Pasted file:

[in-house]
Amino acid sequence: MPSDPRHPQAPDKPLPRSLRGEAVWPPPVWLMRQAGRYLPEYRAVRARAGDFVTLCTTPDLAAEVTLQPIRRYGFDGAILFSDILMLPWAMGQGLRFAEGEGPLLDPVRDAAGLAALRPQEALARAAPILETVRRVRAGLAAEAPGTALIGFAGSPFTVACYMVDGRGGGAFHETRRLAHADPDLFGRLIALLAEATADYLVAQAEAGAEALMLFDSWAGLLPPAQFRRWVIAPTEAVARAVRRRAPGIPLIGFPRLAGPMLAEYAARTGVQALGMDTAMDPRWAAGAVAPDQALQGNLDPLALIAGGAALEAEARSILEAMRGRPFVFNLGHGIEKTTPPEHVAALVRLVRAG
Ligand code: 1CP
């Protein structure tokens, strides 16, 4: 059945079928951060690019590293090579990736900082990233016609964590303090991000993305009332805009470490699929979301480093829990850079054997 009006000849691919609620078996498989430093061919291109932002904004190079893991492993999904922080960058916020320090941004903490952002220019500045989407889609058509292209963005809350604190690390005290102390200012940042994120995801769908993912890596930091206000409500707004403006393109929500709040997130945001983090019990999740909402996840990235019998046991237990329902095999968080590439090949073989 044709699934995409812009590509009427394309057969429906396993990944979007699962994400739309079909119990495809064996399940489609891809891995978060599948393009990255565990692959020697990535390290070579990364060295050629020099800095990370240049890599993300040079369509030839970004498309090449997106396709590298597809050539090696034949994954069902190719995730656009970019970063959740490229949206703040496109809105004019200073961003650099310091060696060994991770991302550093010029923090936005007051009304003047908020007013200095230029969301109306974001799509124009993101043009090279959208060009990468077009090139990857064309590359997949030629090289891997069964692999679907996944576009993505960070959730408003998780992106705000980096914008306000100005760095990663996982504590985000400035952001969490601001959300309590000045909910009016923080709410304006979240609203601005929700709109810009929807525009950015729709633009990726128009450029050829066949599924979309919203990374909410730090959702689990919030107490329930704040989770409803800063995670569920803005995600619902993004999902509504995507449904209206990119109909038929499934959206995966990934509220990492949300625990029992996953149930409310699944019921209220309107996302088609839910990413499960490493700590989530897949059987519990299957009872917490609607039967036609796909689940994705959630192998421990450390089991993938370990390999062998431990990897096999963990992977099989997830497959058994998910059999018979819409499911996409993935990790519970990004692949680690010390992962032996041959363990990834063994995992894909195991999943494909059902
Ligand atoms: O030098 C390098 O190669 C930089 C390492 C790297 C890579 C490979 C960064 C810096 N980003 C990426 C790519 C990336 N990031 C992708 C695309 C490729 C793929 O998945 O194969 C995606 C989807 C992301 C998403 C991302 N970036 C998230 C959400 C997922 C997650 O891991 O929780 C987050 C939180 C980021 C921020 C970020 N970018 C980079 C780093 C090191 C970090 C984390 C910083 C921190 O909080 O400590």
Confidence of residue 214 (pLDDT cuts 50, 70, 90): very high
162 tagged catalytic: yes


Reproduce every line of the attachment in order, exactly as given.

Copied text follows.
[in-house]
Amino acid sequence: MPSDPRHPQAPDKPLPRSLRGEAVWPPPVWLMRQAGRYLPEYRAVRARAGDFVTLCTTPDLAAEVTLQPIRRYGFDGAILFSDILMLPWAMGQGLRFAEGEGPLLDPVRDAAGLAALRPQEALARAAPILETVRRVRAGLAAEAPGTALIGFAGSPFTVACYMVDGRGGGAFHETRRLAHADPDLFGRLIALLAEATADYLVAQAEAGAEALMLFDSWAGLLPPAQFRRWVIAPTEAVARAVRRRAPGIPLIGFPRLAGPMLAEYAARTGVQALGMDTAMDPRWAAGAVAPDQALQGNLDPLALIAGGAALEAEARSILEAMRGRPFVFNLGHGIEKTTPPEHVAALVRLVRAG
Ligand code: 1CP
């Protein structure tokens, strides 16, 4: 059945079928951060690019590293090579990736900082990233016609964590303090991000993305009332805009470490699929979301480093829990850079054997 009006000849691919609620078996498989430093061919291109932002904004190079893991492993999904922080960058916020320090941004903490952002220019500045989407889609058509292209963005809350604190690390005290102390200012940042994120995801769908993912890596930091206000409500707004403006393109929500709040997130945001983090019990999740909402996840990235019998046991237990329902095999968080590439090949073989 044709699934995409812009590509009427394309057969429906396993990944979007699962994400739309079909119990495809064996399940489609891809891995978060599948393009990255565990692959020697990535390290070579990364060295050629020099800095990370240049890599993300040079369509030839970004498309090449997106396709590298597809050539090696034949994954069902190719995730656009970019970063959740490229949206703040496109809105004019200073961003650099310091060696060994991770991302550093010029923090936005007051009304003047908020007013200095230029969301109306974001799509124009993101043009090279959208060009990468077009090139990857064309590359997949030629090289891997069964692999679907996944576009993505960070959730408003998780992106705000980096914008306000100005760095990663996982504590985000400035952001969490601001959300309590000045909910009016923080709410304006979240609203601005929700709109810009929807525009950015729709633009990726128009450029050829066949599924979309919203990374909410730090959702689990919030107490329930704040989770409803800063995670569920803005995600619902993004999902509504995507449904209206990119109909038929499934959206995966990934509220990492949300625990029992996953149930409310699944019921209220309107996302088609839910990413499960490493700590989530897949059987519990299957009872917490609607039967036609796909689940994705959630192998421990450390089991993938370990390999062998431990990897096999963990992977099989997830497959058994998910059999018979819409499911996409993935990790519970990004692949680690010390992962032996041959363990990834063994995992894909195991999943494909059902
Ligand atoms: O030098 C390098 O190669 C930089 C390492 C790297 C890579 C490979 C960064 C810096 N980003 C990426 C790519 C990336 N990031 C992708 C695309 C490729 C793929 O998945 O194969 C995606 C989807 C992301 C998403 C991302 N970036 C998230 C959400 C997922 C997650 O891991 O929780 C987050 C939180 C980021 C921020 C970020 N970018 C980079 C780093 C090191 C970090 C984390 C910083 C921190 O909080 O400590």
Confidence of residue 214 (pLDDT cuts 50, 70, 90): very high
162 tagged catalytic: yes